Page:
All things are wearisome, more than one can say.
The eye never has enough of seeing, nor the ear its fill of hearing.
What has been will be again, what has been done will be done again;
there is nothing new under the sun.
Is there anything of which one can say,
“Look! This is something new”?
It was here already, long ago, it was here before our time.
No one remembers the former generations,
and even those yet to come
will not be remembered, by those who follow them.
It’s kinda hard to beat King Solomon, isn’t it? It is especially true in American Politics: There is nothing new under the sun…
ESPECIALLY Donald Trump. His appeal traces it’s roots to antiquity, really: The New England puritans vs. the Southern profiteers vs. the free-spirit pioneers. These three groups, and all of their descendants, dominate the political landscape to this very minute.
The deck might get reshuffled, but this is about it; Same old, same old.
An exquisitely prescient, and absolutely brilliant post appeared in The Conservative Historian (A Tip o’ the Hat to Jonathon P. Henderson), that has finally, FINALLY, explained the heretofore mysterious Trump Effect.
It is mostly a slumgullion of unreconstructed Dixiecrats.
Part of my inability to recognize the phenomenon is explained from my political entrance ramp: The seminal 1980 Carter/Reagan battle. That race formed much of my political theorizing, and it colors it to this day. In large measure, I think it colors most right-minded traditionalists, including Senator Cruz.
It goes something like this: Ronald Reagan harnessed the anger toward President Carter which many hard-working Democrats in the Steel Belt, and coal-country, and on mid-west farms felt, along with their inherent distrust of big government Liberalism to forge a new coalition loosely defined as “Reagan Democrats”.
Clearly, there was a big dollop of this in Reagan’s victory recipe. But, those “Reagan Democrats” also included the famous Macomb County autoworkers, too. One must look at the Democrat diaspora to understand that many of these have their roots in southern resentments as expressed in such movements as the Civil War, in Jim Crow and the post-war Dixiecrat elections.
We tend, here in the North, to quickly sluff off these resentments as racial in nature. Many were, but certainly not all. Much of the Civil War, and of the sparks of the modern Civil Right era, and of the Dixiecrat prairie-fires were about individual citizens ticked off about far-away elites telling them how to live their damned lives.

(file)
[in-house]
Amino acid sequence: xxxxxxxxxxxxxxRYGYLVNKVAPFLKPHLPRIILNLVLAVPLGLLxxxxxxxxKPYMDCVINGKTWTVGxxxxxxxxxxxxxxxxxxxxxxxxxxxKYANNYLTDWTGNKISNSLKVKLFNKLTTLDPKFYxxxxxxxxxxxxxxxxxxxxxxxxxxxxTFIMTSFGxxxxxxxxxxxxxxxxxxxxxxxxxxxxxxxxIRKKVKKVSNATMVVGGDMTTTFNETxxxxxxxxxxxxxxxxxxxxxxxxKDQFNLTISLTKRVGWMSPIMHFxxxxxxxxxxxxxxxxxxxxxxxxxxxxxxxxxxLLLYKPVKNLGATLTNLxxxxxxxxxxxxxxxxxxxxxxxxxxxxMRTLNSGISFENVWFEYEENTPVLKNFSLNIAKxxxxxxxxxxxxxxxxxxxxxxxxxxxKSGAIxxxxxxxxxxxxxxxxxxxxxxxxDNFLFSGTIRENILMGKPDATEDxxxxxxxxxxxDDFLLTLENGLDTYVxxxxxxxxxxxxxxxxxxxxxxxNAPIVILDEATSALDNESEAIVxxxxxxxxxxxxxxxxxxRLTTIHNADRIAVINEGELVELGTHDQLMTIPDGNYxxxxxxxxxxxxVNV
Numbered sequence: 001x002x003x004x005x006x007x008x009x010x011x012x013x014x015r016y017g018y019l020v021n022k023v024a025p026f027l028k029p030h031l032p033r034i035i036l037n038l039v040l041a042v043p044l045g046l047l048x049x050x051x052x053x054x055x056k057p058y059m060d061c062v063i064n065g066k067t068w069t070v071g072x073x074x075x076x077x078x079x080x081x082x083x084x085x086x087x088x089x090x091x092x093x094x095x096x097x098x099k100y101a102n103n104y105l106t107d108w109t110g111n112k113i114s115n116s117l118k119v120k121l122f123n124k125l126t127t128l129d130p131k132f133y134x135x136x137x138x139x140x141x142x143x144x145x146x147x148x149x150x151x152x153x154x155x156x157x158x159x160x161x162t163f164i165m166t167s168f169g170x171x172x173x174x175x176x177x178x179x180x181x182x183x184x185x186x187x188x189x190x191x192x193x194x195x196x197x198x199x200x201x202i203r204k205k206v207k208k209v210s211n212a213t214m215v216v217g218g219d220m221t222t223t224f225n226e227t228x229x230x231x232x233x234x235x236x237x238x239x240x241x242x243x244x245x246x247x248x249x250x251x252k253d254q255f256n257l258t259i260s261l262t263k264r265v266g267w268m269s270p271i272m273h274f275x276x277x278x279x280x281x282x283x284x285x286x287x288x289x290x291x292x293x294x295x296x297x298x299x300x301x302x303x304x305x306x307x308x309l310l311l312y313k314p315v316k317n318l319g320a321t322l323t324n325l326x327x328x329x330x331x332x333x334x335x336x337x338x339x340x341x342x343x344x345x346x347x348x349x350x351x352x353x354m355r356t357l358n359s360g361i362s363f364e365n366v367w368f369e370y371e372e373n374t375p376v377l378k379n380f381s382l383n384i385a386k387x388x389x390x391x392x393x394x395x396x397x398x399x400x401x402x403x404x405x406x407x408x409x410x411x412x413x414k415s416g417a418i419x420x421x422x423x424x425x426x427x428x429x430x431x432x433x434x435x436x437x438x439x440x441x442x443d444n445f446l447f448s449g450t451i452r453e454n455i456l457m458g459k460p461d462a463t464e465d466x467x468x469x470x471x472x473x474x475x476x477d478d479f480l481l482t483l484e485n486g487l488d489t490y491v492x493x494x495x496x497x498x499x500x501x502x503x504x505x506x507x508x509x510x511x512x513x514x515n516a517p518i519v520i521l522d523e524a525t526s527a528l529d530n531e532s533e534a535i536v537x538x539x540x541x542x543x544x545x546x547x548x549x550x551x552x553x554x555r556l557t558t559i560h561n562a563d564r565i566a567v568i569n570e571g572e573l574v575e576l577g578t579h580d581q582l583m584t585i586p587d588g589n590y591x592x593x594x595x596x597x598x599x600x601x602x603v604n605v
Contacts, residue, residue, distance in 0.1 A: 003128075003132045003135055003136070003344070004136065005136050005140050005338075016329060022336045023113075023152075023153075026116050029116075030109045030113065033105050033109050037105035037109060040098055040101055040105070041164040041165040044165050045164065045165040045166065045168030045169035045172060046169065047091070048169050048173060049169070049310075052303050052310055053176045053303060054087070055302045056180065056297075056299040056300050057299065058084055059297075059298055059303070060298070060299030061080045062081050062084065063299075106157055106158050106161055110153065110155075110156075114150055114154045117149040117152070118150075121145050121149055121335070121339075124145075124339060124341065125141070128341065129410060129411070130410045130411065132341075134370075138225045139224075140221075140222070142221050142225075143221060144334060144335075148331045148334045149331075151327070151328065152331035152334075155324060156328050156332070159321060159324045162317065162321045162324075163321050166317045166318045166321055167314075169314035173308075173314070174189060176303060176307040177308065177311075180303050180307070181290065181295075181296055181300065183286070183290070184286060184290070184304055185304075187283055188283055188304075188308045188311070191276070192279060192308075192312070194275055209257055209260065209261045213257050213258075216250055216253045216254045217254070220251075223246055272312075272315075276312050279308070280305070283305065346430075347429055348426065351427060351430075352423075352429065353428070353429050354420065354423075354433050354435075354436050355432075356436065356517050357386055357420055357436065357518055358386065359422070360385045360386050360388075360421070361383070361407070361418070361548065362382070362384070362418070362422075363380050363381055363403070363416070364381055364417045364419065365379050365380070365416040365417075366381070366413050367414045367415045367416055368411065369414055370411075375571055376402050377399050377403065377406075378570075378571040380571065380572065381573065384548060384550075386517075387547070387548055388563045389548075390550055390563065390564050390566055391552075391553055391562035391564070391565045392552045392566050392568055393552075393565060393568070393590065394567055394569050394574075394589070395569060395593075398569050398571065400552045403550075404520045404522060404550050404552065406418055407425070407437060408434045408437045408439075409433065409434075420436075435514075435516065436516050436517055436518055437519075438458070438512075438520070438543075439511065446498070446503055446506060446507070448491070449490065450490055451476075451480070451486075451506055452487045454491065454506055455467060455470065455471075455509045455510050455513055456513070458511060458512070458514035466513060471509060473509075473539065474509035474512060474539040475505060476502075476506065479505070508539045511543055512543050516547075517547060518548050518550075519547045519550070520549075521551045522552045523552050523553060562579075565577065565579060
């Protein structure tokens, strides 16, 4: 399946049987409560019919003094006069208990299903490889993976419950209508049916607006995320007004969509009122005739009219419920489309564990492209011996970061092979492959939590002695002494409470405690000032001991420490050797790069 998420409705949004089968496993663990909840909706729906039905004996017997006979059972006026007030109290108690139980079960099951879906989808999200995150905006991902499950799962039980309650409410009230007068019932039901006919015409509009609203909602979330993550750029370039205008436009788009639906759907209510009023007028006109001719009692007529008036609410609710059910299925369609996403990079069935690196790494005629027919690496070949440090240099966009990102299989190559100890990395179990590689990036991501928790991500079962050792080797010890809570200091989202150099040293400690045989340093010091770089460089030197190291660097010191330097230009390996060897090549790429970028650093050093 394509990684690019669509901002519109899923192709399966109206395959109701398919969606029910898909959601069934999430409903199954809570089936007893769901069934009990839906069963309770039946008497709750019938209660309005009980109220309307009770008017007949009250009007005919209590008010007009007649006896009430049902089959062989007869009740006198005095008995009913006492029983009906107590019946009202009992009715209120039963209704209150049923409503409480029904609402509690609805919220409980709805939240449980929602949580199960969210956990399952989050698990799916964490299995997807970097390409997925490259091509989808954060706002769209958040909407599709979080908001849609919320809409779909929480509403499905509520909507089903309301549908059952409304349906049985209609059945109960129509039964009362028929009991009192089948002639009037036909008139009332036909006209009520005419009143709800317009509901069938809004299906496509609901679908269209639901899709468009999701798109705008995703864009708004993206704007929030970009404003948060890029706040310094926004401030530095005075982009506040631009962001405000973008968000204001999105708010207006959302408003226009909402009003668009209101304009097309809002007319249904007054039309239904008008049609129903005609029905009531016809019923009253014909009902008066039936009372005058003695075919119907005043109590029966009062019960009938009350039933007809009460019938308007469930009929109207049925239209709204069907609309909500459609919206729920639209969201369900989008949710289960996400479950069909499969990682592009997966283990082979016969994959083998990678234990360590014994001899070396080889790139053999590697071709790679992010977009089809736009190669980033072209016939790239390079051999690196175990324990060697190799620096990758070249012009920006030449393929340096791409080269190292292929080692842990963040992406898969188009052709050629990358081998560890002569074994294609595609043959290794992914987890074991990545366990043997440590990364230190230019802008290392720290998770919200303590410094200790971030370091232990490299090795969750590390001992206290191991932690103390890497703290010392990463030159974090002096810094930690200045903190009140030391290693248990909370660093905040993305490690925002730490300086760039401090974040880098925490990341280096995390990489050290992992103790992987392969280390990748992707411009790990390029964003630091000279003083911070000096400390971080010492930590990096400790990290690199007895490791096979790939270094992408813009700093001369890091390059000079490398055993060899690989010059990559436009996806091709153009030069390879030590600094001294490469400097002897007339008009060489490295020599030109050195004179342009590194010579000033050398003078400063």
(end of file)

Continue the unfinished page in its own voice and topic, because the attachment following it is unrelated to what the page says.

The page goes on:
Of course, there was (and is) a racial component to this: Don’t tell me who the hell I hafta have living next door to me! But, the coercion part is a strong as the racial part.
But, the racial part is an active ingredient of this witches brew.
Strom Thurmond, who was the “States Rights Democrat Party” presidential candidate in 1948 (a third-party attempt that actually won five states), insisted until the day he died, that he wasn’t a racist. In fact, events played out after his death that proved VERY MUCH otherwise (er, without going into the details, he fathered a child with his African American housekeeper. Ho -hum).
What he DID insist was that the ninth and tenth amendments meant something to him.
But, he also said that bayonets could never force the races to live together. You can’t pick and choose your history.
Thus, Mr. Henderson makes some very accurate predictions about what Donald Trump’s attraction is, and where his support is coming from, and what to expect in the days and weeks to come vis-a-vis the Primary Process.
Henderson’s predictions are almost letter-perfect, and only messed up on Arkansas by a few percentage points, probably owing to exclusion of the Carson Effect.
What Henderson boils it down to, mostly, is this: Ted Cruz has as much liklihood of winning the Republican Nomination as does Donald Trump. Marco Rubio, not so much. The crux of the matter is that, for forty years or better, the unreconstructed Dixiecrats have been the “republican leaners” in the Democrat family– who haven’t taken the leap of joining the Republican party ’cause Daddy was a Democrat, and his pappy was before him, and his pappy before him.
…and they can’t vote for a Republican in a closed primary. Which Donald Trump absolutely depends on.
This explains everything: It explains the Jeff Sessions endorsement, it explains the non-rebuke rebuke of David Duke. And it also points to the absolute divergence between Ronald Reagan and Trump, and why that twain shall never meet: Reagan famously claimed Franklin Roosevelt as his political benchmark, and how the Democrats left him, not the other way ’round. Roosevelt’s political ancestry loops and wanders back to the puritans and the crusty New England yankee ethic. Trump’s supposed conservative epiphany, on the other hand, can trace it’s roots to Truman’s embrace of the Civil Rights movement in 1948, and the splintering of the Democrat party and Strom Thurmond’s emergence.
Strom can trace his political lineage back to the virulent southern racists Woodrow Wilson and Andrew Jackson, and the flinty southern profiteers.
Yes, Reagan was a Democrat: A Roosevelt Democrat. Yes, Trump was a Democrat. A Strom Thurmond Democrat.
Roosevelt won a couple landslides, as Reagan did. Strom Thurmond won a couple states.
Just like Trump has…